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Big Ten Basketball Tournament Odds & Picks: Previewing Wednesday’s 2 Opening-Round Games

Big Ten Basketball Tournament Odds & Picks: Previewing Wednesday’s 2 Opening-Round Games article feature image
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Photo by John Fisher/Getty Images. Pictured: Trey McGowens (Nebraska)

The opening round of the Big Ten Tournament begins Wednesday evening in Indianapolis, Indiana.

Nebraska and Northwestern will face off before Minnesota and Penn State take the court.

There is value on both lines, so let’s get to it.


Nebraska vs. Northwestern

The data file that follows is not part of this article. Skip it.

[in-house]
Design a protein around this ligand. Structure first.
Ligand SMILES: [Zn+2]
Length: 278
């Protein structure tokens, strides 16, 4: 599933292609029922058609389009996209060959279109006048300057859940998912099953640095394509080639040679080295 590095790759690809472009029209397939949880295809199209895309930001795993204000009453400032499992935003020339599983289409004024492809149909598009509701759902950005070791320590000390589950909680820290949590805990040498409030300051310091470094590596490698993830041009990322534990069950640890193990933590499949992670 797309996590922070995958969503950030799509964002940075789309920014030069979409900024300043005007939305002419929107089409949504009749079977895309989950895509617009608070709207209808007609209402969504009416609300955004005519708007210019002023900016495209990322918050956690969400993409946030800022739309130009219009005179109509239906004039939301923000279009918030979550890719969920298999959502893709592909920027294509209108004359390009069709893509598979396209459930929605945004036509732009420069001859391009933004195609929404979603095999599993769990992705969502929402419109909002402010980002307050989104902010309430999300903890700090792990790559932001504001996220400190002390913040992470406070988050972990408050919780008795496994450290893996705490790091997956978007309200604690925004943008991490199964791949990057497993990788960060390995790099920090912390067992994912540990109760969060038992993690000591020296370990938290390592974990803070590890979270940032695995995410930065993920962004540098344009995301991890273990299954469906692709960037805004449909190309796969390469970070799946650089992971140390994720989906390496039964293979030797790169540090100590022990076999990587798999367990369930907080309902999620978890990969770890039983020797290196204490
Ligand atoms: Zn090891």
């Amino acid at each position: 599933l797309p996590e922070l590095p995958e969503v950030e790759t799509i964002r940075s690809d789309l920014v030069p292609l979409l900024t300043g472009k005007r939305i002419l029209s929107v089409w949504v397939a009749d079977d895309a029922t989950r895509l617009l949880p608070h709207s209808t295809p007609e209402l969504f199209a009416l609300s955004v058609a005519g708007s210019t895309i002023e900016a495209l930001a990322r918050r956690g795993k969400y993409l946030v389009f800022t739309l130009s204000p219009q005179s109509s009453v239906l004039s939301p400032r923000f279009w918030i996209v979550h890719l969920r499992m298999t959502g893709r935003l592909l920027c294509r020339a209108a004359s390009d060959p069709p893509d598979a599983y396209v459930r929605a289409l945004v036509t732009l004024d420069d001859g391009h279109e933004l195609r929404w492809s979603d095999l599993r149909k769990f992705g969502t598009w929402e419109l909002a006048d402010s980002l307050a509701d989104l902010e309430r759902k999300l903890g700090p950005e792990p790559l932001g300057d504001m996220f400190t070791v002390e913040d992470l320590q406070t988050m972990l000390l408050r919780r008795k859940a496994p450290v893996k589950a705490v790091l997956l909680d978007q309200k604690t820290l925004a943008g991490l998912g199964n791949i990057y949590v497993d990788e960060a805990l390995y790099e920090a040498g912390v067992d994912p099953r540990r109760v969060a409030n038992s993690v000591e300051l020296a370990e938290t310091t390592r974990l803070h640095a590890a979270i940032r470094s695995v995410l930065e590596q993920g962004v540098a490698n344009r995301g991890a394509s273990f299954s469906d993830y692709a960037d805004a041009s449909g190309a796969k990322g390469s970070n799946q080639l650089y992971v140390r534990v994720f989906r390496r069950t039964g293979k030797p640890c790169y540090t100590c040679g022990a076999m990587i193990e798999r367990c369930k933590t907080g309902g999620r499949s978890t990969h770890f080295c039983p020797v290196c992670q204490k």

Wednesday, March 9
6 p.m. ET
Big Ten Network

Nebraska has been lethal at playing spoiler in the Big Ten. Illinois basketball fans are thanking the Cornhuskers for taking down Wisconsin in Madison on the last day of the regular season.

They won that matchup without having Bryce and Trey McGowens for much of the game. Alonzo Verge Jr. went on a tear to help close the door.

Bryce McGowens could be out again on Wednesday, but even without him, the Huskers should keep this game tight, as they are playing better than Northwestern at the moment.

Northwestern crushed Nebraska twice this season, but that was not the same Nebraska team.

Verge looks to be the X-factor for Nebraska. He contributes to the shockingly decent interior approach from the Cornhuskers. He is averaging 18 points per game over the last three games.

He has a tendency to get sloppy — averaging over three turnovers per game — but Northwestern only turns opponents over at a 19.4% clip.